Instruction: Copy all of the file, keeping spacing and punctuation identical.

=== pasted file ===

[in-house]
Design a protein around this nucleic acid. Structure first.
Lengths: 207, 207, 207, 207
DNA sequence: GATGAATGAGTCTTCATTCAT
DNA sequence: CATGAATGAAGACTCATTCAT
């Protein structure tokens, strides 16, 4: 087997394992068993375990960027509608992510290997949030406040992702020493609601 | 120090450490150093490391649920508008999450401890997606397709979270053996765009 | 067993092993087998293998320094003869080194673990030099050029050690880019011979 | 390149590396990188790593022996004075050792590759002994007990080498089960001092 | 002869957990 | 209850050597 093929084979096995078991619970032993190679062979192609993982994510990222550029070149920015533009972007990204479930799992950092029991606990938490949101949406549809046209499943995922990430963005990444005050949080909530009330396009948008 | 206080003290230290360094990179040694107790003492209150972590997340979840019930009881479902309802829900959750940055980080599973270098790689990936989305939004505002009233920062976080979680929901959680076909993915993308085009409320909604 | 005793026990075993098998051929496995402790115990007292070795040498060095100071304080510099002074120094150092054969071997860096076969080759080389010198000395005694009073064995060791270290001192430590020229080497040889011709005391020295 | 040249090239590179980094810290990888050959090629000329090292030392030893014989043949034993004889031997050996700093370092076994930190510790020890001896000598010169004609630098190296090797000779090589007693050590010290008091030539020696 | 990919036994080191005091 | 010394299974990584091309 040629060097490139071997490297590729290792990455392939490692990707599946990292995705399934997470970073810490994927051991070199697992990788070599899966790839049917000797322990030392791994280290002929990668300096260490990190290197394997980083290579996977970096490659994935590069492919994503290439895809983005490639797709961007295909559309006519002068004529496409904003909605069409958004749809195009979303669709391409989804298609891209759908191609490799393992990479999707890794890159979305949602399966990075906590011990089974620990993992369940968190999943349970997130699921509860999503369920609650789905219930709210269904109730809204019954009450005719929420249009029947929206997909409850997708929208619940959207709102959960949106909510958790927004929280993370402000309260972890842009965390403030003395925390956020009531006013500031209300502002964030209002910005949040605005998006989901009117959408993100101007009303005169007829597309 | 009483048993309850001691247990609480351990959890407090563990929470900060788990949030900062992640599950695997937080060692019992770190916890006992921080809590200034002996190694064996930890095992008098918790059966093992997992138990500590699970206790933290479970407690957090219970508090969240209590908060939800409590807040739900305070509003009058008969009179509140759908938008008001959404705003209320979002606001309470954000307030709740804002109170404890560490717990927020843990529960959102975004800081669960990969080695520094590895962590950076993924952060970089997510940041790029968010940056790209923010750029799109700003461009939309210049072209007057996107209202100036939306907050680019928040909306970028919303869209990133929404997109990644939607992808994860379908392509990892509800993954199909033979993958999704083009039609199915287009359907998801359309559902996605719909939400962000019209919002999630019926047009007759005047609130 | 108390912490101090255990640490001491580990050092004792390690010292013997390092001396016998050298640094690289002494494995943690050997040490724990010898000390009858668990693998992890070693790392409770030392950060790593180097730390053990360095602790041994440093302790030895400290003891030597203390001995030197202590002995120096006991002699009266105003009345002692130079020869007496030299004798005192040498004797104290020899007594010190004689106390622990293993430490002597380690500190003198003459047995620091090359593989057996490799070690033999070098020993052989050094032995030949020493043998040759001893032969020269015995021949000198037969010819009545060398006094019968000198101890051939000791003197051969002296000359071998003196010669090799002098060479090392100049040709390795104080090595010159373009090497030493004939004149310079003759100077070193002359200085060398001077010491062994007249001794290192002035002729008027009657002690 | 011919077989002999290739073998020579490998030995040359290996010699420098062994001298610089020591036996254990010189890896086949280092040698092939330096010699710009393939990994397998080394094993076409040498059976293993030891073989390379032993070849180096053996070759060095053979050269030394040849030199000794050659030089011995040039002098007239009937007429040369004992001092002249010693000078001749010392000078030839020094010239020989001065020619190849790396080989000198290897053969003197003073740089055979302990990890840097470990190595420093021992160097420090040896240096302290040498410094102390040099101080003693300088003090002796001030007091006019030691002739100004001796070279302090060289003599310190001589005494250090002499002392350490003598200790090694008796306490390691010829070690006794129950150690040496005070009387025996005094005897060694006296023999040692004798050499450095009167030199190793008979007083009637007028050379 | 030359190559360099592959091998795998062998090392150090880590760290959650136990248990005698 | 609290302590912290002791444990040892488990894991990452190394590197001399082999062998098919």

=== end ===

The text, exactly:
[in-house]
Design a protein around this nucleic acid. Structure first.
Lengths: 207, 207, 207, 207
DNA sequence: GATGAATGAGTCTTCATTCAT
DNA sequence: CATGAATGAAGACTCATTCAT
């Protein structure tokens, strides 16, 4: 087997394992068993375990960027509608992510290997949030406040992702020493609601 | 120090450490150093490391649920508008999450401890997606397709979270053996765009 | 067993092993087998293998320094003869080194673990030099050029050690880019011979 | 390149590396990188790593022996004075050792590759002994007990080498089960001092 | 002869957990 | 209850050597 093929084979096995078991619970032993190679062979192609993982994510990222550029070149920015533009972007990204479930799992950092029991606990938490949101949406549809046209499943995922990430963005990444005050949080909530009330396009948008 | 206080003290230290360094990179040694107790003492209150972590997340979840019930009881479902309802829900959750940055980080599973270098790689990936989305939004505002009233920062976080979680929901959680076909993915993308085009409320909604 | 005793026990075993098998051929496995402790115990007292070795040498060095100071304080510099002074120094150092054969071997860096076969080759080389010198000395005694009073064995060791270290001192430590020229080497040889011709005391020295 | 040249090239590179980094810290990888050959090629000329090292030392030893014989043949034993004889031997050996700093370092076994930190510790020890001896000598010169004609630098190296090797000779090589007693050590010290008091030539020696 | 990919036994080191005091 | 010394299974990584091309 040629060097490139071997490297590729290792990455392939490692990707599946990292995705399934997470970073810490994927051991070199697992990788070599899966790839049917000797322990030392791994280290002929990668300096260490990190290197394997980083290579996977970096490659994935590069492919994503290439895809983005490639797709961007295909559309006519002068004529496409904003909605069409958004749809195009979303669709391409989804298609891209759908191609490799393992990479999707890794890159979305949602399966990075906590011990089974620990993992369940968190999943349970997130699921509860999503369920609650789905219930709210269904109730809204019954009450005719929420249009029947929206997909409850997708929208619940959207709102959960949106909510958790927004929280993370402000309260972890842009965390403030003395925390956020009531006013500031209300502002964030209002910005949040605005998006989901009117959408993100101007009303005169007829597309 | 009483048993309850001691247990609480351990959890407090563990929470900060788990949030900062992640599950695997937080060692019992770190916890006992921080809590200034002996190694064996930890095992008098918790059966093992997992138990500590699970206790933290479970407690957090219970508090969240209590908060939800409590807040739900305070509003009058008969009179509140759908938008008001959404705003209320979002606001309470954000307030709740804002109170404890560490717990927020843990529960959102975004800081669960990969080695520094590895962590950076993924952060970089997510940041790029968010940056790209923010750029799109700003461009939309210049072209007057996107209202100036939306907050680019928040909306970028919303869209990133929404997109990644939607992808994860379908392509990892509800993954199909033979993958999704083009039609199915287009359907998801359309559902996605719909939400962000019209919002999630019926047009007759005047609130 | 108390912490101090255990640490001491580990050092004792390690010292013997390092001396016998050298640094690289002494494995943690050997040490724990010898000390009858668990693998992890070693790392409770030392950060790593180097730390053990360095602790041994440093302790030895400290003891030597203390001995030197202590002995120096006991002699009266105003009345002692130079020869007496030299004798005192040498004797104290020899007594010190004689106390622990293993430490002597380690500190003198003459047995620091090359593989057996490799070690033999070098020993052989050094032995030949020493043998040759001893032969020269015995021949000198037969010819009545060398006094019968000198101890051939000791003197051969002296000359071998003196010669090799002098060479090392100049040709390795104080090595010159373009090497030493004939004149310079003759100077070193002359200085060398001077010491062994007249001794290192002035002729008027009657002690 | 011919077989002999290739073998020579490998030995040359290996010699420098062994001298610089020591036996254990010189890896086949280092040698092939330096010699710009393939990994397998080394094993076409040498059976293993030891073989390379032993070849180096053996070759060095053979050269030394040849030199000794050659030089011995040039002098007239009937007429040369004992001092002249010693000078001749010392000078030839020094010239020989001065020619190849790396080989000198290897053969003197003073740089055979302990990890840097470990190595420093021992160097420090040896240096302290040498410094102390040099101080003693300088003090002796001030007091006019030691002739100004001796070279302090060289003599310190001589005494250090002499002392350490003598200790090694008796306490390691010829070690006794129950150690040496005070009387025996005094005897060694006296023999040692004798050499450095009167030199190793008979007083009637007028050379 | 030359190559360099592959091998795998062998090392150090880590760290959650136990248990005698 | 609290302590912290002791444990040892488990894991990452190394590197001399082999062998098919």